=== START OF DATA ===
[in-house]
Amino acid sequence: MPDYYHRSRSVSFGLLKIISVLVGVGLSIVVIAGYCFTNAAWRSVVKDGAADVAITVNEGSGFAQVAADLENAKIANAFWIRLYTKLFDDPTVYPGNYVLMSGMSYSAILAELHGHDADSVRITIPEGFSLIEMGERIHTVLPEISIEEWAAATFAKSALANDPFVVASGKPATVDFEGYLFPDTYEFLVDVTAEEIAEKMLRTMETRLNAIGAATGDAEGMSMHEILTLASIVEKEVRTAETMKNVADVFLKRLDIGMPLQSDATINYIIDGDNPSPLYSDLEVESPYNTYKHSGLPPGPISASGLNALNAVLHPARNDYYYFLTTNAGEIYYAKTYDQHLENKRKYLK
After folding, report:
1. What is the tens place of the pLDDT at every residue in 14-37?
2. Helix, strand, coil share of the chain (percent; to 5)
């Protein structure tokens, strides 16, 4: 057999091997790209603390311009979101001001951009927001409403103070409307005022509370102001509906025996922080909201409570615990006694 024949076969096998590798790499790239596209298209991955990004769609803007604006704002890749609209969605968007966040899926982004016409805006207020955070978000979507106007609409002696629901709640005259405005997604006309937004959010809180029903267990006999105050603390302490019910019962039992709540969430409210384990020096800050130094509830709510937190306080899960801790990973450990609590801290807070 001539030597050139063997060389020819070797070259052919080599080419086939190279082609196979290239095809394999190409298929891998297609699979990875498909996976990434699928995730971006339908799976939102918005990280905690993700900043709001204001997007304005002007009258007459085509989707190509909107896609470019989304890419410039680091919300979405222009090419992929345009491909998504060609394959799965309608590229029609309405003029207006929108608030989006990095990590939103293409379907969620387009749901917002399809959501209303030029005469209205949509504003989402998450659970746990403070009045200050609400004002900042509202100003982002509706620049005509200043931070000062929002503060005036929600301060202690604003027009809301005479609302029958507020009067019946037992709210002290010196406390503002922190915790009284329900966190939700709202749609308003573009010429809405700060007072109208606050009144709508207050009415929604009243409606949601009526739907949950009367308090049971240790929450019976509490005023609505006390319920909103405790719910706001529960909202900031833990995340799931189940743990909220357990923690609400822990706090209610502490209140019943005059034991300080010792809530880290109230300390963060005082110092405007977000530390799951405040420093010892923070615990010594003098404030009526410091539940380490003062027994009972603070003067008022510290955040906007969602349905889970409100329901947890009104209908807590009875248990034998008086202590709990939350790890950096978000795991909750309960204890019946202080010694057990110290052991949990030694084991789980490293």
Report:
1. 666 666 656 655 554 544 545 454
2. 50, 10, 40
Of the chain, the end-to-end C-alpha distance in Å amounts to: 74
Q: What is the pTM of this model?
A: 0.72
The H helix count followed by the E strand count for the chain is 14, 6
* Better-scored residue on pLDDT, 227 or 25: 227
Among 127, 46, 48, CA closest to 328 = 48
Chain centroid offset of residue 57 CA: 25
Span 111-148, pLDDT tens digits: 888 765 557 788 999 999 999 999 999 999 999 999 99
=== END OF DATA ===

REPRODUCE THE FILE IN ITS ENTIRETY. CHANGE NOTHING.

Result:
[in-house]
Amino acid sequence: MPDYYHRSRSVSFGLLKIISVLVGVGLSIVVIAGYCFTNAAWRSVVKDGAADVAITVNEGSGFAQVAADLENAKIANAFWIRLYTKLFDDPTVYPGNYVLMSGMSYSAILAELHGHDADSVRITIPEGFSLIEMGERIHTVLPEISIEEWAAATFAKSALANDPFVVASGKPATVDFEGYLFPDTYEFLVDVTAEEIAEKMLRTMETRLNAIGAATGDAEGMSMHEILTLASIVEKEVRTAETMKNVADVFLKRLDIGMPLQSDATINYIIDGDNPSPLYSDLEVESPYNTYKHSGLPPGPISASGLNALNAVLHPARNDYYYFLTTNAGEIYYAKTYDQHLENKRKYLK
After folding, report:
1. What is the tens place of the pLDDT at every residue in 14-37?
2. Helix, strand, coil share of the chain (percent; to 5)
């Protein structure tokens, strides 16, 4: 057999091997790209603390311009979101001001951009927001409403103070409307005022509370102001509906025996922080909201409570615990006694 024949076969096998590798790499790239596209298209991955990004769609803007604006704002890749609209969605968007966040899926982004016409805006207020955070978000979507106007609409002696629901709640005259405005997604006309937004959010809180029903267990006999105050603390302490019910019962039992709540969430409210384990020096800050130094509830709510937190306080899960801790990973450990609590801290807070 001539030597050139063997060389020819070797070259052919080599080419086939190279082609196979290239095809394999190409298929891998297609699979990875498909996976990434699928995730971006339908799976939102918005990280905690993700900043709001204001997007304005002007009258007459085509989707190509909107896609470019989304890419410039680091919300979405222009090419992929345009491909998504060609394959799965309608590229029609309405003029207006929108608030989006990095990590939103293409379907969620387009749901917002399809959501209303030029005469209205949509504003989402998450659970746990403070009045200050609400004002900042509202100003982002509706620049005509200043931070000062929002503060005036929600301060202690604003027009809301005479609302029958507020009067019946037992709210002290010196406390503002922190915790009284329900966190939700709202749609308003573009010429809405700060007072109208606050009144709508207050009415929604009243409606949601009526739907949950009367308090049971240790929450019976509490005023609505006390319920909103405790719910706001529960909202900031833990995340799931189940743990909220357990923690609400822990706090209610502490209140019943005059034991300080010792809530880290109230300390963060005082110092405007977000530390799951405040420093010892923070615990010594003098404030009526410091539940380490003062027994009972603070003067008022510290955040906007969602349905889970409100329901947890009104209908807590009875248990034998008086202590709990939350790890950096978000795991909750309960204890019946202080010694057990110290052991949990030694084991789980490293």
Report:
1. 666 666 656 655 554 544 545 454
2. 50, 10, 40
Of the chain, the end-to-end C-alpha distance in Å amounts to: 74
Q: What is the pTM of this model?
A: 0.72
The H helix count followed by the E strand count for the chain is 14, 6
* Better-scored residue on pLDDT, 227 or 25: 227
Among 127, 46, 48, CA closest to 328 = 48
Chain centroid offset of residue 57 CA: 25
Span 111-148, pLDDT tens digits: 888 765 557 788 999 999 999 999 999 999 999 999 99